One day a good many years ago, during my time as an impoverished music student in London, I was ferreting through the records in a second-hand music shop and came across one of those unusual 45rpm classical recordings. It was a performance by the London Mozart Players (founded in 1949 and still going strong) and featured Stravinsky’s Dumbarton Oaks Concerto. I’d never heard of it before, but the music was by Stravinsky so I bought the record without hesitation.
We have to thank the absurdly-wealthy American diplomat Robert Woods Bliss and his wife Mildred for this curiously-named piece. To mark their thirtieth wedding anniversary in 1938, they commissioned a new work from Igor Stravinsky who was then one of the superstar composers and musicians of the day. As a result of the commission, he wrote the Concerto in E-flat for Chamber Orchestra while staying near Geneva where his eldest daughter was fighting a terminal battle with tuberculosis. The work was first performed in the grandiose music room of the Bliss house, rustically named Dumbarton Oaks. For years, I had pictured a homely, rambling country house with roses and wisteria everywhere unaware that Dumbarton Oaks was actually an enormous nineteenth century building of palatial proportions, situated in Washington’s up-market Georgetown neighborhood. Even so, the name provided a convenient and enduring nickname for the concerto. As fate would have it, on the day of the first performance Stravinsky was also in hospital with tuberculosis (though he lived to tell the tale) and the ensemble was conducted by the legendary Nadia Boulanger.
During the 1920s, Stravinsky had become profoundly interested in the so-called neoclassical approach to composition which he claimed to have invented himself. This drew on some of the musical principles vaguely associated with the so-called Classical Period in European music which was roughly between 1750 and 1820. Although Stravinsky wrote some of the best-known neoclassical works in the repertoire, other composers – notably Hindemith, Prokofiev, Bartók, Milhaud and Poulenc – were also influenced by neoclassical ideas.
If your knowledge of Stravinsky’s music is through the well-known ballets written before the First World War, this work may come as a surprise. Stravinsky first explored the neoclassical approach in his ballet Pulcinella which dates from around 1920 and was based on melodies presumed at the time to have been written by the eighteenth century Italian composer Giovanni Pergolesi. As it turned out, they weren’t but the ballet began Stravinsky’s long fascination with neoclassical principles. Perhaps “neo-baroque” would be a more appropriate description for this composition, because the Concerto in E-flat is a three-movement work written along the lines of a baroque concerto grosso. Unlike a solo concerto, this type of work contrasts a smaller group of instruments with the entire ensemble. It’s scored for ten stringed instruments, a handful of woodwind and two horns.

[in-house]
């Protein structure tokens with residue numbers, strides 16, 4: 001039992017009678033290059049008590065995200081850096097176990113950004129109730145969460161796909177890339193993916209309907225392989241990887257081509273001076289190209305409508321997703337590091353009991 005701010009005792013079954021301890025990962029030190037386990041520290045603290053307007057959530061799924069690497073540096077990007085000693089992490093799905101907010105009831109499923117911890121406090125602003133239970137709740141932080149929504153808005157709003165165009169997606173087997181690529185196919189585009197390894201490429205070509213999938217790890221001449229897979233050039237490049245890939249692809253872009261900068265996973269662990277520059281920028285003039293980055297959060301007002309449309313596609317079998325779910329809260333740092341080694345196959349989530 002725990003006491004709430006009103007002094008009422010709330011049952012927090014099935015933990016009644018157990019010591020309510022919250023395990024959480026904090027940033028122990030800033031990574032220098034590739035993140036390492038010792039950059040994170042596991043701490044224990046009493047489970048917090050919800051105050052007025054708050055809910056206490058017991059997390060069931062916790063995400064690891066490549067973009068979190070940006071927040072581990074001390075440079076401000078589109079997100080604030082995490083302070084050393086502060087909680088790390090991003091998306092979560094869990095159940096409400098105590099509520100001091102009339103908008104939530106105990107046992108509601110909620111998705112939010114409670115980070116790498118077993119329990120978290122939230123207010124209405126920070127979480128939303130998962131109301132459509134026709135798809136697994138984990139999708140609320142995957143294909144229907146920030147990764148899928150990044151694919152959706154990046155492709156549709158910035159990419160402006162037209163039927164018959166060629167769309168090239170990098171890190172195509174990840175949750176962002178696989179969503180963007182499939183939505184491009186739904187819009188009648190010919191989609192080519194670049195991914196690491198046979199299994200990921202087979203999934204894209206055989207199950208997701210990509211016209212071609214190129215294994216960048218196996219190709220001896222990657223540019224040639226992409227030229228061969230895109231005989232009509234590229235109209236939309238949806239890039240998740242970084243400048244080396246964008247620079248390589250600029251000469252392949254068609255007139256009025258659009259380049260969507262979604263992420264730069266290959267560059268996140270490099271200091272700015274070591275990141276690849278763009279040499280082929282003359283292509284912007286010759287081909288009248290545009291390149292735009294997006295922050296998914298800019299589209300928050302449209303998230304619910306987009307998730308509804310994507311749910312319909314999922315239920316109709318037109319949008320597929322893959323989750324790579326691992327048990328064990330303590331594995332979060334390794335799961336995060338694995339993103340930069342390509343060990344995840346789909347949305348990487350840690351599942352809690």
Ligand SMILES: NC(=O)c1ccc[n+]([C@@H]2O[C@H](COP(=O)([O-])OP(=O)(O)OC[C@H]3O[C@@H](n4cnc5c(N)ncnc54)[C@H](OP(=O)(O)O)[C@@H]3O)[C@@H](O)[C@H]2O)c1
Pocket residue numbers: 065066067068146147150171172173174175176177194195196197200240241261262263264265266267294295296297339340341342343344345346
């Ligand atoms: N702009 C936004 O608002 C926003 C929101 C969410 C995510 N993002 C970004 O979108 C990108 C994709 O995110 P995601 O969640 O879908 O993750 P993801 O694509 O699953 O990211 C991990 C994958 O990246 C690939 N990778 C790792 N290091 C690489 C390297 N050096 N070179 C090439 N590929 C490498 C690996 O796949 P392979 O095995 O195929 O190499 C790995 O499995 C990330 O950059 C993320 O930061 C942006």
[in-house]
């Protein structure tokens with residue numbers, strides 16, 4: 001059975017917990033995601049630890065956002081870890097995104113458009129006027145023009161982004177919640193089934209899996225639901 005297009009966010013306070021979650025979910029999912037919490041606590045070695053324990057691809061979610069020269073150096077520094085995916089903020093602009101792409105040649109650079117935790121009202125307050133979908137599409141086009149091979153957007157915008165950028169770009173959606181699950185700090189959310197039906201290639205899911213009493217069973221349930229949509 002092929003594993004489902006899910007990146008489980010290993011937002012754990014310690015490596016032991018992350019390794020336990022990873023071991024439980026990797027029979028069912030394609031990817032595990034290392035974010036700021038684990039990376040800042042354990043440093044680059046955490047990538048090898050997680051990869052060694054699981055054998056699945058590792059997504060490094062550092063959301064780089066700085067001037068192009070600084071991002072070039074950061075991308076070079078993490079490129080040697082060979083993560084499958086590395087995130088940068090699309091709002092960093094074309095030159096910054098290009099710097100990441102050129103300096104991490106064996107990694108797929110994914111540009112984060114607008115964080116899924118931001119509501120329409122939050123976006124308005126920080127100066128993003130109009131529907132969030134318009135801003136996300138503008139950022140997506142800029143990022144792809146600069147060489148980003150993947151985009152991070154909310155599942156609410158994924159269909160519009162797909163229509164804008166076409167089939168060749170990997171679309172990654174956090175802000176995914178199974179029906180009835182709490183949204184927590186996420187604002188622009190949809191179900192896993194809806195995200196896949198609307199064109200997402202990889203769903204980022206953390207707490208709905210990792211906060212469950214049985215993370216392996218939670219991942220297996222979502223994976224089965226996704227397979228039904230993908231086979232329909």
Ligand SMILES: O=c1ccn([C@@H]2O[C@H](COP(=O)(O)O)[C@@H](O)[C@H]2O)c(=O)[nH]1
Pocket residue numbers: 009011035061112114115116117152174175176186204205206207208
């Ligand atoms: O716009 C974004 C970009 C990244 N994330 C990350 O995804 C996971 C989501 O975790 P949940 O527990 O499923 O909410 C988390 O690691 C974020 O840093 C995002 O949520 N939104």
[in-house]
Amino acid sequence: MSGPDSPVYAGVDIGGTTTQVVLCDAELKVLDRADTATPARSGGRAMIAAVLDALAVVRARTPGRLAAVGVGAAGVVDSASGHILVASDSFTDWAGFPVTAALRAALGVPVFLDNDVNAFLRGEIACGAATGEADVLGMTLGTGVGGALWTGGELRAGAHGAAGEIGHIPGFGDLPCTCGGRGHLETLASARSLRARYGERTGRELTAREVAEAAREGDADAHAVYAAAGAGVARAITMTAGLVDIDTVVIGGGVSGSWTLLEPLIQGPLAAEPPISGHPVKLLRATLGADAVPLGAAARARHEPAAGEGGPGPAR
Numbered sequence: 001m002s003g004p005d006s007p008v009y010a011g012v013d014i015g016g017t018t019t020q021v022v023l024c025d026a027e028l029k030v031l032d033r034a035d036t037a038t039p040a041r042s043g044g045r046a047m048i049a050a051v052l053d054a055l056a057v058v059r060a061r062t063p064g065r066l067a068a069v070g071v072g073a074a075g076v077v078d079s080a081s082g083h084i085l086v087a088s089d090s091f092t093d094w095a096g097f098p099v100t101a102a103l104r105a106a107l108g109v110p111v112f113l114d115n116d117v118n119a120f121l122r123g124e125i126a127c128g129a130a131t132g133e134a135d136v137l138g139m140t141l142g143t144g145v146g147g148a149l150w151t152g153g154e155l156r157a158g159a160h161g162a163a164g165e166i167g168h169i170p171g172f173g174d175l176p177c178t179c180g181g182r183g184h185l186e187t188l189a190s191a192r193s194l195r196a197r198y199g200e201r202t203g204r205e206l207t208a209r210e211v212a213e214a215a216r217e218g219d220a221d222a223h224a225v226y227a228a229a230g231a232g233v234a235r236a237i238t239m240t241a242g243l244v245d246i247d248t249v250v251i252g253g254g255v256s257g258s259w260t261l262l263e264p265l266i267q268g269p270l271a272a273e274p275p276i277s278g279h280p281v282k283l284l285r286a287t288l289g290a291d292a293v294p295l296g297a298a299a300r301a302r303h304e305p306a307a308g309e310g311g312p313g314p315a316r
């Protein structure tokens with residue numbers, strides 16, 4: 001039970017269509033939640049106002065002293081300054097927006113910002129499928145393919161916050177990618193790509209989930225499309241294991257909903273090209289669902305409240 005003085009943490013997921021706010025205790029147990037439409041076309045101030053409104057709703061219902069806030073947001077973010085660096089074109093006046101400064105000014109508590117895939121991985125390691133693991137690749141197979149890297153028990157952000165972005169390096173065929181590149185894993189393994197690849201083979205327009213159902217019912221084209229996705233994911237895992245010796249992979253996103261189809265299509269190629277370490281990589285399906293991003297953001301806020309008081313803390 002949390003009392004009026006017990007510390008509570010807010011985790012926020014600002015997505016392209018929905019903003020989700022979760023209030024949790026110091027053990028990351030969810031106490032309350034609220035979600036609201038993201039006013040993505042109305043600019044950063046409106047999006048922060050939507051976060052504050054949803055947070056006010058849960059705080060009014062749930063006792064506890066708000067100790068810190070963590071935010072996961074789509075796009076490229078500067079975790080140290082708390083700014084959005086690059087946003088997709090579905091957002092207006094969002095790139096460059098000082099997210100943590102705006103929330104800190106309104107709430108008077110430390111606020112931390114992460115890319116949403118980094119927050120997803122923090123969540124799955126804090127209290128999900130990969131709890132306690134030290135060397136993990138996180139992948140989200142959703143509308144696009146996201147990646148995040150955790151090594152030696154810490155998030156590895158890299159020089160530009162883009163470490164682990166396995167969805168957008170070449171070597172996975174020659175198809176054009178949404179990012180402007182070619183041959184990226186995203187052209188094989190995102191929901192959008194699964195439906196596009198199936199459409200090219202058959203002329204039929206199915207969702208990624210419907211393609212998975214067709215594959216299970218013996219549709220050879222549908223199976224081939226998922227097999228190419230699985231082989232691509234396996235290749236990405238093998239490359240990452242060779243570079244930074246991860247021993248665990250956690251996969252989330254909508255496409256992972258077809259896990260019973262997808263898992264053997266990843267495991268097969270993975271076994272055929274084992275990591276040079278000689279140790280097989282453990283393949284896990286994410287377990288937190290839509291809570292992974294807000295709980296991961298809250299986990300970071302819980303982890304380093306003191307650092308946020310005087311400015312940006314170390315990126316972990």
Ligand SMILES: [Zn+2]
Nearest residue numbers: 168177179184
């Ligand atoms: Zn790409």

You’ll hear fascinating echoes of Bach’s Brandenburg Concerto No 3 emerging through the light and airy textures, with snippets of melody that sound as though they’ve come from dance music of the thirties. The light and delicate second movement is followed by an energetic finale that’s full of melodies, shifting accents and driving rhythms and although the music turns the clock back to the eighteenth century for its inspiration, the sound is pure Stravinsky.
Prokofiev wrote this work during 1916-17 which puts Stravinsky’s claim to be the “inventor of neoclassicism” on somewhat dodgy ground. Prokofiev was in his mid-twenties and already a successful composer with several operas, ballets and other orchestral works to his credit including the first two piano concertos. The Classical Symphony draws on the musical style of Haydn for its inspiration and has become Prokofiev’s most popular orchestral work. The work is scored for small orchestra and the format is pretty similar to a classical symphony except that the traditional minuet is replaced with a gavotte. Prokofiev uses musical techniques that Haydn would have recognized, yet the musical language is unmistakably his own, with sudden changes of dynamics, jaunty playful rhythms and characteristically spiky melodies. There’s a lovely lyrical second movement and the elegant gavotte contains surprisingly satisfying twists of harmony. Incidentally, you might get the impression that the conductor Kristjan Järvi isn’t doing very much in this video, but the beautifully transparent and virtuosic performance betrays the fact that that a huge amount of careful preparation work must have been done at the rehearsals. The brilliant finale is a scampering movement which contains plenty of lively tunes. There’s an especially catchy one, first heard on the flute (at 10:26) that you might find yourself humming for a long time afterwards.